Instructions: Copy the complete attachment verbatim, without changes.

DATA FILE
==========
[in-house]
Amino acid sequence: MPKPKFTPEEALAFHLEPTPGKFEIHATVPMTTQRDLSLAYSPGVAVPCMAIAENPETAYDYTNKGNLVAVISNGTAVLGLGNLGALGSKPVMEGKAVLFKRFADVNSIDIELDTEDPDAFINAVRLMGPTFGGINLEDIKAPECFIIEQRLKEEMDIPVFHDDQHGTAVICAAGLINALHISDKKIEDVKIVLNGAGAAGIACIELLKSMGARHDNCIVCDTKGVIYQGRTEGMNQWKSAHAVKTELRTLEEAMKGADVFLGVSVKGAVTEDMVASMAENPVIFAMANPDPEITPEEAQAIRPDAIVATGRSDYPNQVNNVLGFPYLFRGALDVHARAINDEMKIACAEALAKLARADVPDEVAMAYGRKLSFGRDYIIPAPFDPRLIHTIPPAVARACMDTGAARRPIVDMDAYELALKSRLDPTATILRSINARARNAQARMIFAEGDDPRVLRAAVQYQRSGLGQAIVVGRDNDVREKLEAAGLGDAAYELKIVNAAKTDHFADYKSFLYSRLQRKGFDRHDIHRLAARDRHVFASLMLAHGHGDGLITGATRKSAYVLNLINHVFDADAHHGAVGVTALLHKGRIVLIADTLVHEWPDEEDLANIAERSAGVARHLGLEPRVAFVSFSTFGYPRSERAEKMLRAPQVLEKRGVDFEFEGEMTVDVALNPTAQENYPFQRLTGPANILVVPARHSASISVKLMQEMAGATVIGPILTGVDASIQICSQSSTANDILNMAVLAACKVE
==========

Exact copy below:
[in-house]
Amino acid sequence: MPKPKFTPEEALAFHLEPTPGKFEIHATVPMTTQRDLSLAYSPGVAVPCMAIAENPETAYDYTNKGNLVAVISNGTAVLGLGNLGALGSKPVMEGKAVLFKRFADVNSIDIELDTEDPDAFINAVRLMGPTFGGINLEDIKAPECFIIEQRLKEEMDIPVFHDDQHGTAVICAAGLINALHISDKKIEDVKIVLNGAGAAGIACIELLKSMGARHDNCIVCDTKGVIYQGRTEGMNQWKSAHAVKTELRTLEEAMKGADVFLGVSVKGAVTEDMVASMAENPVIFAMANPDPEITPEEAQAIRPDAIVATGRSDYPNQVNNVLGFPYLFRGALDVHARAINDEMKIACAEALAKLARADVPDEVAMAYGRKLSFGRDYIIPAPFDPRLIHTIPPAVARACMDTGAARRPIVDMDAYELALKSRLDPTATILRSINARARNAQARMIFAEGDDPRVLRAAVQYQRSGLGQAIVVGRDNDVREKLEAAGLGDAAYELKIVNAAKTDHFADYKSFLYSRLQRKGFDRHDIHRLAARDRHVFASLMLAHGHGDGLITGATRKSAYVLNLINHVFDADAHHGAVGVTALLHKGRIVLIADTLVHEWPDEEDLANIAERSAGVARHLGLEPRVAFVSFSTFGYPRSERAEKMLRAPQVLEKRGVDFEFEGEMTVDVALNPTAQENYPFQRLTGPANILVVPARHSASISVKLMQEMAGATVIGPILTGVDASIQICSQSSTANDILNMAVLAACKVE